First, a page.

The Definitive Fuel Thread

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crazyhorse's picture
Status: Bronze Member (Offline)
Joined: Nov 16 2008
Posts: 56
The Definitive Fuel Thread

I am starting this thread on buying/storing fuel (all types) for long term.

Sub-categories could include:






We used to have two fuel storage tanks on our farm.  One for diesel and one for regular (then after regulations, unleaded) gasoline.  A couple of years ago (thinking of getting out of farming) we had an auction of most all the farm items, fuel tanks included.  Now considering buying new/used ones.  

 Hoping for information from others on buying bulk, storing.  How long can one store fuel of different types.  What additives are needed/recommended.  Additional information that would be helpful.  

 I know and agree with peak oil, but some fuel is helpful/necessary for making the transition to after TSHTF.



BSV's picture
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Joined: Jan 26 2009
Posts: 170
Re: The Definitive Fuel Thread

I hope others will participate in this thread. In my case, I have about 87acres of land, of which about half is arable sandy loam. Heretofore I have used this land to graze cattle. It has not been plowed in many years, perhaps decades. Just today a contractor put in a water pipeline across my place and the trench gave me a good look at the underlying pasture subsoil. We have great soil and I'm fortunate in that respect.

My plan is to plant an oilseed crop such as canola, sunflower or soybeans. Roughly speaking, an acre of good farmland in my area (dryland farming) will yield about 100 gallons of B-100 biodiesel fuel. That's 100% biodiesel fuel. Equipment is readily available to convert oilseeeds into 100% biodiesel, and that equipment is reasonably priced. I could easily devote 10 to 15 acres of land to oilseed production,which has the potential to produce 1,000 to 1,500 gallons of B-100. So I'm seriously looking into this. It would be a source of fuel for my diesel tractors and -- if a serioius crunch comes -- a farm vehicle for trips into town. There are highway fuel tax issues here, but they can be resolved by keeping a mileage log and paying the mileage tax on a regular basis.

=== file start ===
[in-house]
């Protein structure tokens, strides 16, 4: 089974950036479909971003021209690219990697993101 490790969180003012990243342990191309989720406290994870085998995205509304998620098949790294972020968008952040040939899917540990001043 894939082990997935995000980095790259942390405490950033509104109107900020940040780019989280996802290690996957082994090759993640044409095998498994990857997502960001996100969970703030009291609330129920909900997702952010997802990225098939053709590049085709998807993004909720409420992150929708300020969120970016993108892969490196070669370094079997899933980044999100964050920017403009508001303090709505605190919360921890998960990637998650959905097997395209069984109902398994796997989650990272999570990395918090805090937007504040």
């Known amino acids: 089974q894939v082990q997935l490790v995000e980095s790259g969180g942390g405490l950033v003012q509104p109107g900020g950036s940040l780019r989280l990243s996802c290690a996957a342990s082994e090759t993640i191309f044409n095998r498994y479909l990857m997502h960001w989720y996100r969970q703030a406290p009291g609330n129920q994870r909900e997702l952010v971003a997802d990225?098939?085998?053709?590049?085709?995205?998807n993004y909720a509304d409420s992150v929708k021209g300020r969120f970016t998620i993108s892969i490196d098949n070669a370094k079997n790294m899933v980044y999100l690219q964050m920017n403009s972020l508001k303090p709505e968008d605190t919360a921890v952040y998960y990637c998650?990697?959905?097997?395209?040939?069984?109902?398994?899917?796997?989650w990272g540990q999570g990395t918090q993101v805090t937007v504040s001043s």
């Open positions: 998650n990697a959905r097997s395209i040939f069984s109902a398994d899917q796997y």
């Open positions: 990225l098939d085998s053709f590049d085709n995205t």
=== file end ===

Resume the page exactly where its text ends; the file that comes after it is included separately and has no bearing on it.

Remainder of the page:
If you are a city dweller, this information is not of much use. But if you have a few aces of arable land, you might want to look into biodiesel.



PlicketyCat's picture
Status: Platinum Member (Offline)
Joined: Feb 26 2009
Posts: 680
Re: The Definitive Fuel Thread

Here are few links I found about fuel storage methods, additives and shelf life for different climates, temps and moisture conditions:

Diesel Storage (BP Gas)

Fuel degradation in storage (Epicenter)

Diesel/Gasoline Storage and Restoration (BatteryStuff)

I've also been researching alternative home-brewed fuels like ethanol/methanol, biogas, and biodiesel. They might not have as good ERoEI as fossil fuels, nor do they have as long a shelf-life, but when you're brewing your own for personal use and aren't using a lot it's a reasonable prospect to make a small amount as you need it.



Roundhouse's picture
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Joined: Sep 14 2008
Posts: 36
Re: The Definitive Fuel Thread

I've got 300 gallons of each (gas and diesel).  The gas needs a stabilizer and should be used within a year.  Diesel is supposed to last about the same amount of time.

While it would be dang handy if we lost electrical power, the main benefit has been 'speculating'.  My own, unsupported theory of peak oil would have wild price swings at the top and way down (so far, so good).  I filled my tanks last June and smiled when it hit $4+.  Refilled at $1.67 and patiently wait for the inevitable summer price jump to start pumping.

Now this plan is so small-time, it's almost pathetic..... however....... if we lost power for some reason, I calculate I can run my generator/well/freezer/fridge for about a year on that.  To be honest, I wish I had 1000 gallon tanks! 

Oh, and I'm hedging my bets by converting an old gas pickup to all electric.  Still trying to decide on PV or wind or a combo for battery recharge and hoping for a miracle improvement in battery technology.

Heck, even a marginal plan is better than no plan at all. 

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